The classic memoir of one of the Progressive Era's most important reformers and social activists.
If it is natural to feed the hungry . . . it is certainly natural to give pleasure to the young, comfort to the aged, and to minister to the deep-seated craving for social intercourse that all men feel.
In 1889, Jane Addams and her partner, Ellen Starr, opened the first settlement house in the United States. On Chicago's West Side, Hull House was devoted to the city's poor and forgotten, from immigrants and unwed mothers to the elderly, homeless, and hungry. Its charter proclaimed its mission "to provide a center for higher civic and social life, to institute and maintain educational and philanthropic enterprises, and to investigate and improve the conditions in the industrial districts of Chicago." In Twenty Years at Hull House, Addams chronicles her revolutionary work from its conception in the Gilded Age through the dawn of the Progressive Era.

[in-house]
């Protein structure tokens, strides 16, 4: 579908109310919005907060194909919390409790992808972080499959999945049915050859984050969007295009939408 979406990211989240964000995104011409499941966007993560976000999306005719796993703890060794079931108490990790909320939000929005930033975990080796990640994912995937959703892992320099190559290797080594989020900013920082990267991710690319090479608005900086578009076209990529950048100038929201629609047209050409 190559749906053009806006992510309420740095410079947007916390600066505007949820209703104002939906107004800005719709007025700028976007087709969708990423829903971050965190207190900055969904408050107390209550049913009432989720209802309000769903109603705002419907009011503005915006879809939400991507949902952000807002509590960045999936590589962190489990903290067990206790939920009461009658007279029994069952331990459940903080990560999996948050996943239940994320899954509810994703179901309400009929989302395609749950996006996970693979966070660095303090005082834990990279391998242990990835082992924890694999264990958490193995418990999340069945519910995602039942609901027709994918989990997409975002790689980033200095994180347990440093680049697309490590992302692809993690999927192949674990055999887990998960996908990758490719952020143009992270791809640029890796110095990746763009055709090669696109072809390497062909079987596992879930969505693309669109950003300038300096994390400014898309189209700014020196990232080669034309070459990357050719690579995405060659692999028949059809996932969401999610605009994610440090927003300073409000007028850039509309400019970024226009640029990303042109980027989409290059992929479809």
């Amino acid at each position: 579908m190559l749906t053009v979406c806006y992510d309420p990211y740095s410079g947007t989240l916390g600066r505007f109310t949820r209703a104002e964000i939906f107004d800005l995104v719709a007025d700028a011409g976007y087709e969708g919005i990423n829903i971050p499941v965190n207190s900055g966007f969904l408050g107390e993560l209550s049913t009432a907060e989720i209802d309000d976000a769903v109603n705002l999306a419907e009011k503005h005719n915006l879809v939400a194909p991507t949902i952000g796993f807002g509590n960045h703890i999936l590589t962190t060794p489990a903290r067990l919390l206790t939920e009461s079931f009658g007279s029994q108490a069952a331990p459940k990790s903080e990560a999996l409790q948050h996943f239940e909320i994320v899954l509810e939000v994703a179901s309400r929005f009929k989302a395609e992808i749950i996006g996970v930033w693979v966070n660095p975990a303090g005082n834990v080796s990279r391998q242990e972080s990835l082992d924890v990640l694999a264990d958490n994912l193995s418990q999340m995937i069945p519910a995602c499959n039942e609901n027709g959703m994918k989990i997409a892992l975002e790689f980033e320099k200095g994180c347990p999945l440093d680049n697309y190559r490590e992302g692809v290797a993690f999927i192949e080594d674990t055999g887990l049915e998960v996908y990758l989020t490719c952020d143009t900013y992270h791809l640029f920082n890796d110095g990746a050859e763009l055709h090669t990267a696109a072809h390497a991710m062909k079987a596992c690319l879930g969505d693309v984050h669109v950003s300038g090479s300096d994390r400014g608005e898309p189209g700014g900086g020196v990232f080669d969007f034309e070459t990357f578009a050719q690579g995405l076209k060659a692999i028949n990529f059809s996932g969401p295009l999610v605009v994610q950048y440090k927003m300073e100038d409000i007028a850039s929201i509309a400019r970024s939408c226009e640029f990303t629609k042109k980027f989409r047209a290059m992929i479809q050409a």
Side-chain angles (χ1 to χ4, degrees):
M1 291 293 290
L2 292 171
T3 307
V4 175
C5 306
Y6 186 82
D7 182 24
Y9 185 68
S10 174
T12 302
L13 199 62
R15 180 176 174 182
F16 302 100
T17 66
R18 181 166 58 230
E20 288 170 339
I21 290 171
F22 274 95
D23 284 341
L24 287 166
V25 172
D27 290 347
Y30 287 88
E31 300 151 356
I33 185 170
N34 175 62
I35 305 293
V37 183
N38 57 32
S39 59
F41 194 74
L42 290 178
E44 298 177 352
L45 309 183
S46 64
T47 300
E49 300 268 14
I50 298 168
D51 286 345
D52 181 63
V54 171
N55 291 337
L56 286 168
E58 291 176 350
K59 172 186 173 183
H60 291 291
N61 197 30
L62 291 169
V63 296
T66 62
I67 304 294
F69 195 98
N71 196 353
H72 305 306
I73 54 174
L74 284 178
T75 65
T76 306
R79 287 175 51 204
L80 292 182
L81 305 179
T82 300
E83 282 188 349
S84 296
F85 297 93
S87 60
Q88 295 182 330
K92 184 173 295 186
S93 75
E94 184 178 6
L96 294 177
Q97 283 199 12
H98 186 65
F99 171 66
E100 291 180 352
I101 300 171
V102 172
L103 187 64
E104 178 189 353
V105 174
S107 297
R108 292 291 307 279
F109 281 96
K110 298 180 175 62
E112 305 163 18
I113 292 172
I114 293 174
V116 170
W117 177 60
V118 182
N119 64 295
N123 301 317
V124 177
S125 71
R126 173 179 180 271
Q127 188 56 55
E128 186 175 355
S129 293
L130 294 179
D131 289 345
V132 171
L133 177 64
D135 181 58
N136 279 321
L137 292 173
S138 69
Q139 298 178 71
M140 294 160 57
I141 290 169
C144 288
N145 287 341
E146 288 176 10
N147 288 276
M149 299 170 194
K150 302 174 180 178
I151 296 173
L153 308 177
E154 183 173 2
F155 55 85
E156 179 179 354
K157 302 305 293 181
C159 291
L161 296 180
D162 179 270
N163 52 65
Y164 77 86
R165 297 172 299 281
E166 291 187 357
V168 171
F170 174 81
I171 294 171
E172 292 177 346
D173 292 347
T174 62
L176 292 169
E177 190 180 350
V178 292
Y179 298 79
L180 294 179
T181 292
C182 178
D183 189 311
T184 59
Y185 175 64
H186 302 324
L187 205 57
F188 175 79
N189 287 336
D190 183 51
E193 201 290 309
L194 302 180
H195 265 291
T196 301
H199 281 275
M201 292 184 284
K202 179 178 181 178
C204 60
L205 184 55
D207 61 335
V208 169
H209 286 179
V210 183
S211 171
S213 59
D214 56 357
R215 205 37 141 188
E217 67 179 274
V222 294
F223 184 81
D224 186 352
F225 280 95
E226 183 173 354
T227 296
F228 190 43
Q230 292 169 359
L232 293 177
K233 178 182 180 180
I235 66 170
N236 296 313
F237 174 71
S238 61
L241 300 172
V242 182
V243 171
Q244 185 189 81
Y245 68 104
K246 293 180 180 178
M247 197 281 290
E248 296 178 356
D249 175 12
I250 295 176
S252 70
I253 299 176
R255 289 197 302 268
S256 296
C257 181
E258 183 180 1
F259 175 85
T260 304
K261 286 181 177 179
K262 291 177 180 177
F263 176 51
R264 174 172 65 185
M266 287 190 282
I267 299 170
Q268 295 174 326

A cofounder of the American Civil Liberties Union and the first American woman to win the Nobel Peace Prize, Addams devoted her life to realizing a more noble vision of democracy. More than a personal memoir, Twenty Years at Hull-House is a landmark document of social theory and political history.
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